During the Second World War girls back home would write to their brothers, fathers, boyfriends, husbands, and they were given the suggestions to write something cheerful.
At home the girls and women were fighting the war as were the men. They worried constantly that they would get that fateful message that their soldier boy/man was killed or maimed. Newspapers constantly barraged them with war news. Girls tried to escape by going to the movies, and there they were shown Newsreels of war horrors. There was no escaping it. It was a terrible time for the World.
The girls rallied, going into the factories and proving that the little woman could build airplanes or run a factory as well as men. Others, even children pulling their little wagons, collected cooking pots that could be spared, tires, aluminum, and any steel that could be confiscated. Girls gave up their nylon stockings for parachutes, ladies gave up their girdles for rubber. Gas was rationed as well as food. The family gave sugar coupons to my mother one Christmas so she could make candy. Most everybody had a “Victory Garden.” The girls and women tried to give their men hope.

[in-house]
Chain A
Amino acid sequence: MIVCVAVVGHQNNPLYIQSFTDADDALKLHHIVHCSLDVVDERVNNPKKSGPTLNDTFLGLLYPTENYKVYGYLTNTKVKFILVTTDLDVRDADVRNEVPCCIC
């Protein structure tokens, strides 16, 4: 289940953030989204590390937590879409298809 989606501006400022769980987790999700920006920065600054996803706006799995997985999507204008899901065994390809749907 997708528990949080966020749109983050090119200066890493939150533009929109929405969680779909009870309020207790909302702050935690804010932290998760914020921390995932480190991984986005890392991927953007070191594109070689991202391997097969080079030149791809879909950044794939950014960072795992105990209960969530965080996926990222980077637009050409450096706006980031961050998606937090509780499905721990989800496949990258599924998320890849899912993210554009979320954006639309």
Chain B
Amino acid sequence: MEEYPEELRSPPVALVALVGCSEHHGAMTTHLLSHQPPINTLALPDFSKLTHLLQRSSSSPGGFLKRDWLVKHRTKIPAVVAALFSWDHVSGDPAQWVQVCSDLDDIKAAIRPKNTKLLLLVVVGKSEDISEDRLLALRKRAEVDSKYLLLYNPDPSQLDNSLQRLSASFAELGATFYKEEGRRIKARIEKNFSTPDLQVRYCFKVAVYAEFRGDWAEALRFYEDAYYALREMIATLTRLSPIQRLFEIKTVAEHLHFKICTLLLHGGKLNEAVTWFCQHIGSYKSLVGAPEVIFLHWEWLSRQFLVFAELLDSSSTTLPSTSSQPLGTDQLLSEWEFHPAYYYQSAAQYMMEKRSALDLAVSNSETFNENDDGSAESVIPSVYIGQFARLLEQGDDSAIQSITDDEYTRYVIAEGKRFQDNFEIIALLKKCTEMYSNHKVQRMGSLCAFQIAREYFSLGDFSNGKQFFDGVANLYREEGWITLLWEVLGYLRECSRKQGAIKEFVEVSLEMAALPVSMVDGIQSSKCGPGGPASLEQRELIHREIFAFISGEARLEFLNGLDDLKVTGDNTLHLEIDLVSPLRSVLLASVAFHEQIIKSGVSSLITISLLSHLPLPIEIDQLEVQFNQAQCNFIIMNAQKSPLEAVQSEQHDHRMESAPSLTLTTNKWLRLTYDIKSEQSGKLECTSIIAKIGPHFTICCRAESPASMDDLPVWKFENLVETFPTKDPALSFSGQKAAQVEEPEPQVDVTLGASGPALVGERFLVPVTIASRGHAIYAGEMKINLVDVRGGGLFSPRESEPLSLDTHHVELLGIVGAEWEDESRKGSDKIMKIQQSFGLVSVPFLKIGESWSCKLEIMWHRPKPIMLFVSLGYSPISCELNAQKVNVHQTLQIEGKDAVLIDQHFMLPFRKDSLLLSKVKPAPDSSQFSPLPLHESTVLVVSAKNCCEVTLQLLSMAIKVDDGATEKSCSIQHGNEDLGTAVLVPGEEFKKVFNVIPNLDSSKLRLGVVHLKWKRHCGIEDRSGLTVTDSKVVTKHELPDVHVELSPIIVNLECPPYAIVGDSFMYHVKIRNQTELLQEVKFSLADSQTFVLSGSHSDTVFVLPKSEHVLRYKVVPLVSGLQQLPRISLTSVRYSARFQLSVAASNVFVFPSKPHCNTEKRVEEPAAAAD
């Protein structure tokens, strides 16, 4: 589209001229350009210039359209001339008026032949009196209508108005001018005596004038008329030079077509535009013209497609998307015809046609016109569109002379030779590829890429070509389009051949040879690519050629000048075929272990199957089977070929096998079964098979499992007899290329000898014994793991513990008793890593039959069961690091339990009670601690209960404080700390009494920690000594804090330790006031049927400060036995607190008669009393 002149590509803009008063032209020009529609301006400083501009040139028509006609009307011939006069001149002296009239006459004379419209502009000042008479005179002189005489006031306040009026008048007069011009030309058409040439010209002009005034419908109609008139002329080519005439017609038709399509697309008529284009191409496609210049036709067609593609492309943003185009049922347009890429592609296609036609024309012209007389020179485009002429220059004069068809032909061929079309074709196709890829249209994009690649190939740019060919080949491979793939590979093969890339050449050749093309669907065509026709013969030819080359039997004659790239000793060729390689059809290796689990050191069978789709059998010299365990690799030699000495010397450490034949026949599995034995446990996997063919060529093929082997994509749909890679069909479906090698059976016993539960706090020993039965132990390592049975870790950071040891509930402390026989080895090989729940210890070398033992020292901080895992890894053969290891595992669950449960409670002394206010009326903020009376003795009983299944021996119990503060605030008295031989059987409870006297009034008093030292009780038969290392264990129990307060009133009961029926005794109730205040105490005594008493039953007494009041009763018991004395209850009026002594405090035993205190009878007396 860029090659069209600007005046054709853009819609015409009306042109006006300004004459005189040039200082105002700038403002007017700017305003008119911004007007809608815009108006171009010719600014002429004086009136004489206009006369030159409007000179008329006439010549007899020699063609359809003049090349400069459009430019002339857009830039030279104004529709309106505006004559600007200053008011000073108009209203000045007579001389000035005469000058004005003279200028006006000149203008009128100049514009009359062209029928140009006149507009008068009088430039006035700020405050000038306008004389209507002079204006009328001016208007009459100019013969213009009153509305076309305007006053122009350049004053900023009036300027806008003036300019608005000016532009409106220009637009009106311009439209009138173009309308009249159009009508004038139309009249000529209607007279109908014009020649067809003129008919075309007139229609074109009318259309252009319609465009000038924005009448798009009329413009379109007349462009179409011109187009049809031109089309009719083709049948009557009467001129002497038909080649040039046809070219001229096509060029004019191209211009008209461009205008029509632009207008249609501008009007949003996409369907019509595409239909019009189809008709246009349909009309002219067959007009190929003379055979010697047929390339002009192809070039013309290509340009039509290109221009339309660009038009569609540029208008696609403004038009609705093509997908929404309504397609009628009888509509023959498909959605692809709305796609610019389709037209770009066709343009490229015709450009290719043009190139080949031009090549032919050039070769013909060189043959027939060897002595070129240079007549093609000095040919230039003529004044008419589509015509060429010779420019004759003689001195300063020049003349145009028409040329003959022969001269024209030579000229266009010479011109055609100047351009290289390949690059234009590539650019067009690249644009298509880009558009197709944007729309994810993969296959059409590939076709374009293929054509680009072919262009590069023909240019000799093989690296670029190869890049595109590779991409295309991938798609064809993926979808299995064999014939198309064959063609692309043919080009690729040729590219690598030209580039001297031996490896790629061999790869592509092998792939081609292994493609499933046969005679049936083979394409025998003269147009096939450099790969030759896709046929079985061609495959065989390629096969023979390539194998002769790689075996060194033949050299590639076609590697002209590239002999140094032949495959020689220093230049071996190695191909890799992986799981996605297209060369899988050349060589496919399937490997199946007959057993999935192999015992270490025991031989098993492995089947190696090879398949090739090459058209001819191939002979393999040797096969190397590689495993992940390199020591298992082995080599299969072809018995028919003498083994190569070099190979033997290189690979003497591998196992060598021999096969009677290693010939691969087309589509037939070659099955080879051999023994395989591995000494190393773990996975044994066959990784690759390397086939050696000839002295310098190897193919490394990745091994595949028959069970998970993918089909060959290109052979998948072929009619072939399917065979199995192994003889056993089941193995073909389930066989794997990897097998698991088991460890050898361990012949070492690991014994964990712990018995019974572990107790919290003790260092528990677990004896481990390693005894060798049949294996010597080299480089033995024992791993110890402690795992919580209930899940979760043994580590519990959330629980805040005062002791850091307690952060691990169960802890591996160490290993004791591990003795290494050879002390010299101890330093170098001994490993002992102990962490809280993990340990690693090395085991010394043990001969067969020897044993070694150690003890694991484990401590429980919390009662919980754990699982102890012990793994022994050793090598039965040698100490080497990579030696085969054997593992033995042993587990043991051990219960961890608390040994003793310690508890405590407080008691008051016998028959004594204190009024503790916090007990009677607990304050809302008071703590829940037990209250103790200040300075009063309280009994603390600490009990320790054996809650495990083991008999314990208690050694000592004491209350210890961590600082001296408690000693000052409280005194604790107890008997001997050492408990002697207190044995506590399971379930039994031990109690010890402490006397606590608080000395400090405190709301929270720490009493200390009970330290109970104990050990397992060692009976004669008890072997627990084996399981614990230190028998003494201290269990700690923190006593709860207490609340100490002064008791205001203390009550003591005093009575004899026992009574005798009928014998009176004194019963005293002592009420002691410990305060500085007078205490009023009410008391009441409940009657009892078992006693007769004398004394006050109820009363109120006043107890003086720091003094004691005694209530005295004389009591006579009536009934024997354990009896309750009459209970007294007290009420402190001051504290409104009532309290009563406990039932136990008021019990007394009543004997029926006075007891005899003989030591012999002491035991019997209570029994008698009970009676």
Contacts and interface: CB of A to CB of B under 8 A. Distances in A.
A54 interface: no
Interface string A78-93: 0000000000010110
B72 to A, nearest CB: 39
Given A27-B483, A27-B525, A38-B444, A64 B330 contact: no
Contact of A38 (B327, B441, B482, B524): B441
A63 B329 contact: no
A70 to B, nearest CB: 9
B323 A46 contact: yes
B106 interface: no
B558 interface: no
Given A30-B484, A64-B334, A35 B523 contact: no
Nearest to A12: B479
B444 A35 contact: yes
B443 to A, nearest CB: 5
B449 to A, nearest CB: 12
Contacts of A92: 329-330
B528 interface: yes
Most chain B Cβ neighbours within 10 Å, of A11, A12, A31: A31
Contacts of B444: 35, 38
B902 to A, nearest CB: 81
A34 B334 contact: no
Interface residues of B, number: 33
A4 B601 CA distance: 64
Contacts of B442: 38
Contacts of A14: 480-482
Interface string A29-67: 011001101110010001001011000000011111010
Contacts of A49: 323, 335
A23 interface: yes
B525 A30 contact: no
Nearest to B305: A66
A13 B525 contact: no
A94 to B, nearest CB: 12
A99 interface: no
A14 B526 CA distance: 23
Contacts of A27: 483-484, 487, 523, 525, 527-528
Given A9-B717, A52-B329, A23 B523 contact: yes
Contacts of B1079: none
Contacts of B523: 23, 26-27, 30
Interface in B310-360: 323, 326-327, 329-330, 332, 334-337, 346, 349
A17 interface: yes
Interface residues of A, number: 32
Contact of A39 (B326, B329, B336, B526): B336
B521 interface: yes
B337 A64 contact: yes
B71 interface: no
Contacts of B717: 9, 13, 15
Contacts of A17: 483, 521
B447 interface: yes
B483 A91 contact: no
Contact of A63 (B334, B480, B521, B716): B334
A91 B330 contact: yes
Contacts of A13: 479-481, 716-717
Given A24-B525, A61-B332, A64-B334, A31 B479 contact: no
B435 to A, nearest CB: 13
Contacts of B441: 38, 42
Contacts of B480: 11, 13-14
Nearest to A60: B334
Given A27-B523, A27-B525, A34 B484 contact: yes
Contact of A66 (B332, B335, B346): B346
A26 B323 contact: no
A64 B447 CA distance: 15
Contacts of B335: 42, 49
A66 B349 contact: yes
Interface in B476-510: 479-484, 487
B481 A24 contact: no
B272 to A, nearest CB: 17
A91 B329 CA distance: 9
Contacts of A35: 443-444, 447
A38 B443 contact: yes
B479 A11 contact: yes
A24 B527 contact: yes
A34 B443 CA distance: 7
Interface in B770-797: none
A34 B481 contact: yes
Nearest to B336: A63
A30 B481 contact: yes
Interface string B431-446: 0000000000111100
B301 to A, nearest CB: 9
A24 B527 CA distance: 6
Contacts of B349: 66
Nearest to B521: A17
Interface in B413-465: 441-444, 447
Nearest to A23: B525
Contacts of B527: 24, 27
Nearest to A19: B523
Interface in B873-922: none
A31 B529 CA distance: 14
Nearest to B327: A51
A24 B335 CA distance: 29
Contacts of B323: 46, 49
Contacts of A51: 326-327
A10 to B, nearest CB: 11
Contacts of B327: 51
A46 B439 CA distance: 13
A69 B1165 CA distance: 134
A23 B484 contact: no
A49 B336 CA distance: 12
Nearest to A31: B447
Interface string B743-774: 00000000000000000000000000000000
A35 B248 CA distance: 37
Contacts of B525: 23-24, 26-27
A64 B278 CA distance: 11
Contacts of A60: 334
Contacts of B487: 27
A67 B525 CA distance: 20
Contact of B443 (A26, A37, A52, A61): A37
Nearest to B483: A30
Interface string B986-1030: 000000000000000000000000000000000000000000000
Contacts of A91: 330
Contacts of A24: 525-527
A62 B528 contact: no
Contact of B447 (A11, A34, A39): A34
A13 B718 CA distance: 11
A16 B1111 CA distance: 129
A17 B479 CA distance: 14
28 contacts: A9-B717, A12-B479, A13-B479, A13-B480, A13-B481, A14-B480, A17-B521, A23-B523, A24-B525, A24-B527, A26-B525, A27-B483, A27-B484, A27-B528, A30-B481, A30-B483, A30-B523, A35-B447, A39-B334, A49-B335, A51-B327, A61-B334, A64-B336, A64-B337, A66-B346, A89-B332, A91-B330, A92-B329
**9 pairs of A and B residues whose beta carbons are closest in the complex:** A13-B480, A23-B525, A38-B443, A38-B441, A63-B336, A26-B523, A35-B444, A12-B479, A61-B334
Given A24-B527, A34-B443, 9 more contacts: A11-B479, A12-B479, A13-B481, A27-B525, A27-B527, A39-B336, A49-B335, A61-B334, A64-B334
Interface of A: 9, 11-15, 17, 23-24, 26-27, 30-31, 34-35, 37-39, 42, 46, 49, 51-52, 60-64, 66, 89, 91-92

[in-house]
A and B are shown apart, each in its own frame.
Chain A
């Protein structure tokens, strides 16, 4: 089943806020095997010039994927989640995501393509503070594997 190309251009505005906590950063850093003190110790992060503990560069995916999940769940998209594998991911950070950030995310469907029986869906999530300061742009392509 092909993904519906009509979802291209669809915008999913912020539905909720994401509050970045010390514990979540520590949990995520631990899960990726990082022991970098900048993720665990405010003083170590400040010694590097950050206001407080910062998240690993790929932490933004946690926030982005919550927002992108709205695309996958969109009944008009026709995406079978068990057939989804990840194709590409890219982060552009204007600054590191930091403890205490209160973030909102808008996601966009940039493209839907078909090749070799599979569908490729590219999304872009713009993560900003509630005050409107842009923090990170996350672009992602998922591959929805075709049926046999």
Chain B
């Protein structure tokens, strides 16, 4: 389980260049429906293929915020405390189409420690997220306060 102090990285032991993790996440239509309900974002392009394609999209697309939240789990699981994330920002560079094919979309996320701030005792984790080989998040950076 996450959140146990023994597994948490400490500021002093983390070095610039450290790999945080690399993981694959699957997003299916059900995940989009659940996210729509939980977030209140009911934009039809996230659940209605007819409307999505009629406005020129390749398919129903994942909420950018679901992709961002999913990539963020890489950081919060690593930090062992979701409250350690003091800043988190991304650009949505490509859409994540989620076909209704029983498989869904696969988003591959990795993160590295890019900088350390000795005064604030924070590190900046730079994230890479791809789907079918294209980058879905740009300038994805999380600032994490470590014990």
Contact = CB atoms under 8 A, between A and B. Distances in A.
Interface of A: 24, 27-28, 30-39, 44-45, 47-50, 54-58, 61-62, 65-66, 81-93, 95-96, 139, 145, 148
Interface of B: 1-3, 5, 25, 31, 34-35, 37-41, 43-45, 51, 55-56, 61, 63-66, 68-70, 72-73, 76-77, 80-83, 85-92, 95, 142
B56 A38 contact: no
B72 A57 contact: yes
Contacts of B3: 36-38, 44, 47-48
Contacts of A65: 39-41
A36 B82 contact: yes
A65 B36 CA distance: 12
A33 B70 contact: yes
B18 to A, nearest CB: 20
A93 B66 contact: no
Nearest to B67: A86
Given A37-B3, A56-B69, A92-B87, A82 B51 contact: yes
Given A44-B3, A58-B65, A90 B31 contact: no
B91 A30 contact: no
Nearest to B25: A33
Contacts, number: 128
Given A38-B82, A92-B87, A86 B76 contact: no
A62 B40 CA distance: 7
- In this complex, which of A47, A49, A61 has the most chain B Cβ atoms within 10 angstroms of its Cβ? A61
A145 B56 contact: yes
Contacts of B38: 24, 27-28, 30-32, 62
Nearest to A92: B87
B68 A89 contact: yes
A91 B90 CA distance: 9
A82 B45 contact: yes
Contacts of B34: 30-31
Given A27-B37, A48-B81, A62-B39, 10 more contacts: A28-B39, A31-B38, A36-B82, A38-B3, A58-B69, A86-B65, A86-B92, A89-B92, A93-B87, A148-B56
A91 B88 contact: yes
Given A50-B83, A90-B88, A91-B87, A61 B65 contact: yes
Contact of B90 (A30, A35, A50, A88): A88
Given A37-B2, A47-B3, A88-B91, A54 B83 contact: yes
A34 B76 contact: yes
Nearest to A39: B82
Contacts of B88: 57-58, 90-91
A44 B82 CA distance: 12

I was reading about a Polish man who had escaped Poland to come to America with the dream of becoming a citizen, which he had. He married, began a business, built and ran a filling station, was successful, had a family, and upon hearing that Pearl Harbor had been bombed, he laid his head on the table and sobbed. “We cannot lose America. The world cannot lose America.”
War drives me nuts.
When I hear someone excited say, “Let’s bomb them back to the stone age. Or “Let’s kick their butts,” I cringe, knowing there was a time when most every able-bodied man reluctantly, sadly, leaving behind their families and facing death, enlisted for war service.
When I, with fear and in trepidation, visited Dachau, the former Concentration Camp in Germany I got their message, “Never Forget.”
It was a never forget experience, but a strange one too. People had poured so much love into that complex that it felt cleansed. There was a bank of flowers extending the length of the fence in honor of those who were interned there. The grounds had been bulldozed clean except for one barrack. A church had been erected on the grounds, and on the step into the crematorium someone had carefully placed a single dandelion flower.
And now I will end with a good story, a true one. It came into my daughter’s email. It was from a man who, he said, had taken an Ocean Cruise 10 years ago when he was 13-years-old. During the cruise he used the rock-climbing wall, and as they were required to take off their shoes and put on special rock-climbing ones, he did that. Then he forgot to pick up his regular shoes. He had kept the climbing shoes all these years, and felt guilty. He was Jewish, he said, and as a 13-year old he was supposed to be at the age of reason, and to be responsible, he should have known better than to keep the shoes. Now he was looking for an address in which to send the shoes back.
That’s my mind drippings for the day.